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Coriander, cilantro, cumin, garlic, ginger, green chilies, oyster sauce, sesame oil  and other Asian ingredients when combined with shrimp provide a huge range of flavors ranging from salty to sweet to sour to spicy and to all of them together.

 Asian cooking methods run the gamut ranging from deep frying to poaching shrimp in oil to steaming them. Although the ingredients and cooking techniques used in preparing shrimp with Asian flavors may be different from traditional American methods, the crucial cooking tip remains – shrimp will be cooked before you know it! Overcooking shrimp will result in a dry, rubbery taste. As the Frugal Gourmet once said, “Most sea foods…should be simply threatened with heat and then celebrated with joy." 

It is best to buy them frozen, instead of thawed, and defrost them under cold running water. In most Asian countries, shrimp is cooked and eaten whole – head, tail and all. Unless the shrimp is being served in a hot sauce or curry, you can keep the shell on for superior cooking. De-veining, removing the vein of the shrimp, seems to be an issue that divides seafood lovers – “de-vein at will” seems to be the thought for the day.

(This is part of a piece I wrote for the Washington Post several years ago)

Diana’s Vietnamese Caramel Shrimp

(Recipe adapted from “The Vietnamese Cookbook” by Diana My Tran (Capital Books, 2003)

Serves 4-6

 “As I grew up, I was trained to eat well, and often had opportunities to taste many good restaurants in Saigon.  I never thought to become a good cook because I didn’t have to cook in Vietnam.  Years later when I moved to Carlisle, Pennsylvania, I had to teach myself how to cook by trying to recall the authentic taste from my childhood. It was a challenge to substitute what I could find in local supermarket to cook traditional Vietnamese foods to satisfy my parents-in-law and my husband,” shares 50 year old Diana My Tran. The owner of a bridal shop in Georgetown, she is also a cookbook author. She moved to Virginia in the l976.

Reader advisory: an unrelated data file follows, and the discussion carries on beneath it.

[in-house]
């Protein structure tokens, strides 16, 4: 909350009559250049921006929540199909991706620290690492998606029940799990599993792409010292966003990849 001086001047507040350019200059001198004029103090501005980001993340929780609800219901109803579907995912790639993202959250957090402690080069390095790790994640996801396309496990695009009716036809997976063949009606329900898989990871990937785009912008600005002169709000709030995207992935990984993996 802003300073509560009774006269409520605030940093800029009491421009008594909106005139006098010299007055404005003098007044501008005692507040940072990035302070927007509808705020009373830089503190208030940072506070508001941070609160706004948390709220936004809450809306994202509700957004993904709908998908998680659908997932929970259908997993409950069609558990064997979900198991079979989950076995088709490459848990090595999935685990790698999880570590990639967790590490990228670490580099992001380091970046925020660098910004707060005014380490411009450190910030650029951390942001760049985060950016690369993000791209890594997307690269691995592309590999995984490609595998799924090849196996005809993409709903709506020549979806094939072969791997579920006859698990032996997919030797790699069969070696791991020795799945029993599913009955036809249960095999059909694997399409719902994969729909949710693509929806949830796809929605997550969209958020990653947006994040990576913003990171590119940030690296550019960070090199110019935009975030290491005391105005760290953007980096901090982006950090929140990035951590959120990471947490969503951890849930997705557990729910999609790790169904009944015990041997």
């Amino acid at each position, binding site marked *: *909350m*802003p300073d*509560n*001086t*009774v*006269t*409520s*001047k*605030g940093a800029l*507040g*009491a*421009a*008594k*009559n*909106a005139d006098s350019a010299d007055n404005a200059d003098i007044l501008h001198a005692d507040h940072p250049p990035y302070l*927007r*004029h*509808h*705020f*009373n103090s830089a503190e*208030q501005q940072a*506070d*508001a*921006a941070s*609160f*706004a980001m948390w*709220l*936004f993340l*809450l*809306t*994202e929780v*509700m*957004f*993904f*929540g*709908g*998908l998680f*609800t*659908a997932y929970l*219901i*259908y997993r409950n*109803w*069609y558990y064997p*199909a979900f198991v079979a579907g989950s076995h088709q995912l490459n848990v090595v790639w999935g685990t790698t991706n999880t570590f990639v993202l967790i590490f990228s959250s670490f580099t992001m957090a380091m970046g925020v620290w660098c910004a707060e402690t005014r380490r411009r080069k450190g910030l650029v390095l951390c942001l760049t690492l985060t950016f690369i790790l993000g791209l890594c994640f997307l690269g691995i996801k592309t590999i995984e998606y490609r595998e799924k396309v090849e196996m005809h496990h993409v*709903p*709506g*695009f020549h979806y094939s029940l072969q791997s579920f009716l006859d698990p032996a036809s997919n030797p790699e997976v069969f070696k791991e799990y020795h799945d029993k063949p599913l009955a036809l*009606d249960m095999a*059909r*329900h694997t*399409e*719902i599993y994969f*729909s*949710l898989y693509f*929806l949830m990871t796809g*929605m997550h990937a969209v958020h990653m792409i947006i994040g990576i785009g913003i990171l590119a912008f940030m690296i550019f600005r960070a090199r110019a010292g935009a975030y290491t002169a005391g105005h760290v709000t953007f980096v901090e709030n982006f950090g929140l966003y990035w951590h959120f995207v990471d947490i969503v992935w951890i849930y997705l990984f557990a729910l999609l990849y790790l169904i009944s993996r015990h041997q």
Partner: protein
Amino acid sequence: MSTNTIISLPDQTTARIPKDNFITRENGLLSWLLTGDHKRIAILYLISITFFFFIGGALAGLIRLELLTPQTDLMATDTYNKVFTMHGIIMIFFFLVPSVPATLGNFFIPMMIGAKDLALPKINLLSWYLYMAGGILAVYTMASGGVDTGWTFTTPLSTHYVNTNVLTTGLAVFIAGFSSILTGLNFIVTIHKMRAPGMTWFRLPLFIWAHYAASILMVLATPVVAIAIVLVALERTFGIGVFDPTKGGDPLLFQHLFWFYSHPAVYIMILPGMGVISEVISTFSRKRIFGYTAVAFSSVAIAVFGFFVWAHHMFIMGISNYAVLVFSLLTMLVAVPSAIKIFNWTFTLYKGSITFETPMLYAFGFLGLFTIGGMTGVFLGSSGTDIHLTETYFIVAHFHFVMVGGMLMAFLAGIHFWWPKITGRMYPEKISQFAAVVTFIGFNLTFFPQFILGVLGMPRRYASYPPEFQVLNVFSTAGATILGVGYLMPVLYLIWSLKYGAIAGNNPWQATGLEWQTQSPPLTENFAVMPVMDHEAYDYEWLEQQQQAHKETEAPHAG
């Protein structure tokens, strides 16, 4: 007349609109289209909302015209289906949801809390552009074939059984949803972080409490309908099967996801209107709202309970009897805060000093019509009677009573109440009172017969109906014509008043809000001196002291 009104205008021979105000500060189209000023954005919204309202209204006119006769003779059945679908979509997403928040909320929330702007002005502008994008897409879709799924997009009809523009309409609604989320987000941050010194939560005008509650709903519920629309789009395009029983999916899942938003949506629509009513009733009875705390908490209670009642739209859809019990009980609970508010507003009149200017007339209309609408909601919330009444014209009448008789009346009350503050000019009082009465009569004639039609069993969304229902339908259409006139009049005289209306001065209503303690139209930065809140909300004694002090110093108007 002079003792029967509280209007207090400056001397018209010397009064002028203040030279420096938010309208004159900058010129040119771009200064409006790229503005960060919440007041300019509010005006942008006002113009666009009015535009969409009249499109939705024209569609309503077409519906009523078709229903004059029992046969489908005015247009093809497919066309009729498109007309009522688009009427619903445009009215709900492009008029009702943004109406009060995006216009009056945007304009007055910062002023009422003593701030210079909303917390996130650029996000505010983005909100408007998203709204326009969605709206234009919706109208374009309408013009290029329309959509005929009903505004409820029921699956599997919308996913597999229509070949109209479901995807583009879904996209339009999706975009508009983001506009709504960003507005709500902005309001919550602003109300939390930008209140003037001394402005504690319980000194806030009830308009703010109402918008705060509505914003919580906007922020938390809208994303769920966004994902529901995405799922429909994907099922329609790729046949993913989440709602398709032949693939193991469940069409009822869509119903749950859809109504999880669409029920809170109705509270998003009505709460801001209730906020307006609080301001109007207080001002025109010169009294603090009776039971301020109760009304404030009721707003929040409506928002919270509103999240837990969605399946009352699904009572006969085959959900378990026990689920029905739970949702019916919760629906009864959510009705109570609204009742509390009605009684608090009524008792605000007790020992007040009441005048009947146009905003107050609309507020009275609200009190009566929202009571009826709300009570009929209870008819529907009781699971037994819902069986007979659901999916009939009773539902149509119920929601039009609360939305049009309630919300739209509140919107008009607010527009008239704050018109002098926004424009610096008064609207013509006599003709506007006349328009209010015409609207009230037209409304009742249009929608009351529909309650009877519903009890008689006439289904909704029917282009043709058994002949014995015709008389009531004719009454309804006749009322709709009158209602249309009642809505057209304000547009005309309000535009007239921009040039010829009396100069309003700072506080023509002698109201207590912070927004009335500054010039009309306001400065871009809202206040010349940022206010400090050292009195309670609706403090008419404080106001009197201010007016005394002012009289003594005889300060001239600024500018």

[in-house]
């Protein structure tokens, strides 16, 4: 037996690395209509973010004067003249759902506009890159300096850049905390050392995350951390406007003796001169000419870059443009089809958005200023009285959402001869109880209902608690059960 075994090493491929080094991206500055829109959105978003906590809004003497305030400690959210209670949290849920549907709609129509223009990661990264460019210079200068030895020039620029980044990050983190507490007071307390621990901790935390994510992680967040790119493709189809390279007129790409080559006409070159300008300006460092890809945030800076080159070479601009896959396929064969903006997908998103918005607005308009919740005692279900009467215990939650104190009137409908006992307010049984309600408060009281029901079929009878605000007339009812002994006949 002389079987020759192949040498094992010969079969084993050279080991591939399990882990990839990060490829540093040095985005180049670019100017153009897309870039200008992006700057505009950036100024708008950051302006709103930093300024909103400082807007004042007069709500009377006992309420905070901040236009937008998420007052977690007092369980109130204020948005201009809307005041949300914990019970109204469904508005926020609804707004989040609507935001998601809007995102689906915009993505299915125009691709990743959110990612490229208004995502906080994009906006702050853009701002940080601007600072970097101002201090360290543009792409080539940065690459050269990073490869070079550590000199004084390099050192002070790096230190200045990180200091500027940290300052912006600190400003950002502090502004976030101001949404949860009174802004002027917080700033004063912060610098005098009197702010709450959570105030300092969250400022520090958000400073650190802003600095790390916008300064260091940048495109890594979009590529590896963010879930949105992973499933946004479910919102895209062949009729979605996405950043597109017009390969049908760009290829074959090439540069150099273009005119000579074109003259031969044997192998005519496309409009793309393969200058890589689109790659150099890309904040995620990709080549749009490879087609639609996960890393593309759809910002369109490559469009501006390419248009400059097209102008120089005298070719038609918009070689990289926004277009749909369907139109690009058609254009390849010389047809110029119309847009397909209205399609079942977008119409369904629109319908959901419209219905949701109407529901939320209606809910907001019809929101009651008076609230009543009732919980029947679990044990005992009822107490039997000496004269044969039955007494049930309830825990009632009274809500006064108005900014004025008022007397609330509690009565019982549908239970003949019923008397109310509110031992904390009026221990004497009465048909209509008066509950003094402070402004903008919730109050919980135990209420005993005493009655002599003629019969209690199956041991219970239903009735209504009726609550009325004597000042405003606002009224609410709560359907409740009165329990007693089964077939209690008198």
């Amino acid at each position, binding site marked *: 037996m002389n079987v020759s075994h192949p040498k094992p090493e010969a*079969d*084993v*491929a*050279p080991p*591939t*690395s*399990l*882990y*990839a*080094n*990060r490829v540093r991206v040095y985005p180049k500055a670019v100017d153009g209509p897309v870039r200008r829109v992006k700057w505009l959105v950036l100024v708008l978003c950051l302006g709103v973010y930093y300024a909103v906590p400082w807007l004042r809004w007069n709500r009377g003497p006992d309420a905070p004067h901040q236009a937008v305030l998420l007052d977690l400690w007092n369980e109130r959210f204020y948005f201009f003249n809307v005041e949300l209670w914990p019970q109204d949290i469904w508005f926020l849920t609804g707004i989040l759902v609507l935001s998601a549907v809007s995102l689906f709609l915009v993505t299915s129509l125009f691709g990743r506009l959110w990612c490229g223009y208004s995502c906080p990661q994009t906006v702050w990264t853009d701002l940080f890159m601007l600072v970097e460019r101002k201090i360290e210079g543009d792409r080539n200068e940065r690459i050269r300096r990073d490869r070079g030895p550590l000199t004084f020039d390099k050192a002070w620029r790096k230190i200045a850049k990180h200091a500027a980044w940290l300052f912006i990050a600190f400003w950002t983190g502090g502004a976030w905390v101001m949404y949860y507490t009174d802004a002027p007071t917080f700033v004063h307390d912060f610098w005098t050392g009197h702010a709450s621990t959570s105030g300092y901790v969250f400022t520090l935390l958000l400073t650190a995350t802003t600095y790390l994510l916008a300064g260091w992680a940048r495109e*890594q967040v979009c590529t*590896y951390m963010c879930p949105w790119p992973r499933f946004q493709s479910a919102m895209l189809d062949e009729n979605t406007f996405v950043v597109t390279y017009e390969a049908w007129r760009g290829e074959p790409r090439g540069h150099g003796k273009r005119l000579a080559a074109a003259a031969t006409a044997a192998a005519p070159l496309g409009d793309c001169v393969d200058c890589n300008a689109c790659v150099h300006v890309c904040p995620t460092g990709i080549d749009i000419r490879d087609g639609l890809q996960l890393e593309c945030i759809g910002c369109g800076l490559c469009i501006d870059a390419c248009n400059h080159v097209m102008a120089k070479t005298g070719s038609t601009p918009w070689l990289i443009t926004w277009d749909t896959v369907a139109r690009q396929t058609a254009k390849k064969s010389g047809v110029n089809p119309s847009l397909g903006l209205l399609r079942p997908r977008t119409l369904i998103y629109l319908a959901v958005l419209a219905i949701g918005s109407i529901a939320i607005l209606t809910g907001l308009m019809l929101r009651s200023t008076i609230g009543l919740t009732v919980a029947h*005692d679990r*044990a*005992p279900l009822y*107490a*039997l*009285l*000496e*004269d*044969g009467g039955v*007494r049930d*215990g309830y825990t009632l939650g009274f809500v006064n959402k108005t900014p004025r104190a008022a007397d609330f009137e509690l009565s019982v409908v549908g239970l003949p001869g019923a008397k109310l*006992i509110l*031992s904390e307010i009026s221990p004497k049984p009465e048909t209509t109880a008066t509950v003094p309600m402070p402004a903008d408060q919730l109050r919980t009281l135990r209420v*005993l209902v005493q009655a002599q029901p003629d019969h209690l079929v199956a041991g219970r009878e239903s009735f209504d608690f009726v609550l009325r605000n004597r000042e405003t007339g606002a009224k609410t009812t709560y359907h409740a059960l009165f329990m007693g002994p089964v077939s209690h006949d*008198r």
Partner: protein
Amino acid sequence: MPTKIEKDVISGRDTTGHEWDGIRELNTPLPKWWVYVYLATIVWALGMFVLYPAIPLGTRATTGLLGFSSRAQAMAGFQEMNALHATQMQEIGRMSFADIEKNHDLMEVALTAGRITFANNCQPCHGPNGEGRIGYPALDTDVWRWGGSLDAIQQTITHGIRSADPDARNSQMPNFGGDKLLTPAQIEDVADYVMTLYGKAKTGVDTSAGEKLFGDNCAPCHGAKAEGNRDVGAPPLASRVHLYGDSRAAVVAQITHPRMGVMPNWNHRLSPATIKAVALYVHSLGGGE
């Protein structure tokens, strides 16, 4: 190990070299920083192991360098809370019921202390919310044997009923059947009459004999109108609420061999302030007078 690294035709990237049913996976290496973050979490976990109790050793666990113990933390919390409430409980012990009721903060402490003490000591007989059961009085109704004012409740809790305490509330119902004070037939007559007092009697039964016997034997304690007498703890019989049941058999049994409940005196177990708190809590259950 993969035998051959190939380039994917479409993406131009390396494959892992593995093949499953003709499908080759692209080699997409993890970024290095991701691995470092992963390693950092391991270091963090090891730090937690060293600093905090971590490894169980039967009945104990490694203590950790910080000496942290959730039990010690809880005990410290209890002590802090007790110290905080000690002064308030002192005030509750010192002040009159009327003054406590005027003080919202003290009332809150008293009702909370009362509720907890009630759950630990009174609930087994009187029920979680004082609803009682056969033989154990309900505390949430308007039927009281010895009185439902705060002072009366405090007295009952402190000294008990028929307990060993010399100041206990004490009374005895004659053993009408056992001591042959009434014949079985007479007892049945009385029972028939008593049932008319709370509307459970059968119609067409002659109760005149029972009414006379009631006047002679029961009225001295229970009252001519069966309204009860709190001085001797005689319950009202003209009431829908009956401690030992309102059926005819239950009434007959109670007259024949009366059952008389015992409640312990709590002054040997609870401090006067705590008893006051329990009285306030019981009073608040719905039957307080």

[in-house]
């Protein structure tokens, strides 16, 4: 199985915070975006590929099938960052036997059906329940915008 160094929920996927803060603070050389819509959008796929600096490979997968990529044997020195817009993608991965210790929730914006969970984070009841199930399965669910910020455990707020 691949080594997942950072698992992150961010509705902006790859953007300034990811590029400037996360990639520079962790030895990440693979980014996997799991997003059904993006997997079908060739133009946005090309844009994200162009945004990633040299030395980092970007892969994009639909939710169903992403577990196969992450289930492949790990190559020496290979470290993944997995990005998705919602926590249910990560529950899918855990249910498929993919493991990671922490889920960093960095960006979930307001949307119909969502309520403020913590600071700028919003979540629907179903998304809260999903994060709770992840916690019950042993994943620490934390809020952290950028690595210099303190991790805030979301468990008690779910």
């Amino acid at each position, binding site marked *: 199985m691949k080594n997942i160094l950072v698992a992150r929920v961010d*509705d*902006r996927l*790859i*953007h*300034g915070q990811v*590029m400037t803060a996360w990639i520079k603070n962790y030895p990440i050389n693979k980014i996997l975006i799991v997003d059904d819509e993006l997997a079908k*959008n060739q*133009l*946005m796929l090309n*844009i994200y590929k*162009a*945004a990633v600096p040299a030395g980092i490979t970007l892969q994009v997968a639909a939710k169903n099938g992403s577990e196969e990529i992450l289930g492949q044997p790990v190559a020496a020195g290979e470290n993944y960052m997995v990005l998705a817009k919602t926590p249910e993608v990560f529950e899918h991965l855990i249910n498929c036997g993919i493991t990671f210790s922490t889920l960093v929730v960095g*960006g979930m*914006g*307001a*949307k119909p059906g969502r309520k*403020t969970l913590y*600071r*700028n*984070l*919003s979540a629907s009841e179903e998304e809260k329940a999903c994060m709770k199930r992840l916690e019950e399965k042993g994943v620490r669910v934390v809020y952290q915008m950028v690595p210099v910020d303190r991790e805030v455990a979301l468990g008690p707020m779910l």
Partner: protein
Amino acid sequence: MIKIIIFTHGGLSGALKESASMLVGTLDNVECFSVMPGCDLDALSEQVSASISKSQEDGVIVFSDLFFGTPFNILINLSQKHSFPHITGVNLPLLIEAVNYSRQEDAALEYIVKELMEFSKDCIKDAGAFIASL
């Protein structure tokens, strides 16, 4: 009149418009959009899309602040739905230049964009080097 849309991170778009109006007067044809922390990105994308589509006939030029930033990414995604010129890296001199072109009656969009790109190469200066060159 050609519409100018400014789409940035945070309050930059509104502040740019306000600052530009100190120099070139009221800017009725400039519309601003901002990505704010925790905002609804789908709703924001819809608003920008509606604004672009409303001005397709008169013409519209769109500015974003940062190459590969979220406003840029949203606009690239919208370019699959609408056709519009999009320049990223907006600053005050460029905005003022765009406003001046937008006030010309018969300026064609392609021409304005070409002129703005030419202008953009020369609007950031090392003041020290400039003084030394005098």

Her favorite recipe is “Caramel Shrimp” served traditionally with rice and a bowl of soup. “It reflects my heritage,” she says, “because we always have rice, a salty dish, and a bowl of soup as a traditional Vietnamese meal. And it is such a simple recipe that you can’t go wrong.” 

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1-1/2 pounds medium shrimp, peeled and de veined 

1/2 teaspoon salt 

2 tablespoons oyster sauce
1/2 teaspoon cayenne pepper or to taste
1/2 teaspoon all purpose flour
3 tablespoons vegetable oil
3 cloves garlic, minced
¼ – ½ cup water
1 tablespoon sugar
1 small onion, chopped
1 fresh red chili pepper, thinly sliced (optional)
Freshly ground black pepper to taste
2 teaspoons lime juice

Salt to taste
Sprigs cilantro (optional garnish)


  1. In a large bowl, combine the shrimp with the oyster sauce, salt, cayenne pepper and flour. Set aside to marinate for 5 to 10 minutes.
  2. In a large skillet or wok over medium heat, heat the oil. Add the garlic and cook until golden brown.
  3. Transfer the shrimp to the pan, discarding any remaining marinade. Cook the shrimp, stirring occasionally, until they begin to turn pink.
  4. Add the water and sugar and simmer for 3 minutes. Add the onion and stir-fry for 2 minutes.
  5. Add the chili pepper, if desired, and black pepper to taste. Squeeze the lime juice over the top of the shrimp and transfer the mixture to a platter.
  6. Garnish with cilantro, if desired. Serve immediately.



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  1. Wow what a fantastic set of spice ingredients…Looks wonderful!

  2. What a great recipe! Thanks for posting this.

  3. These babies make me HUNGRY! Yum.

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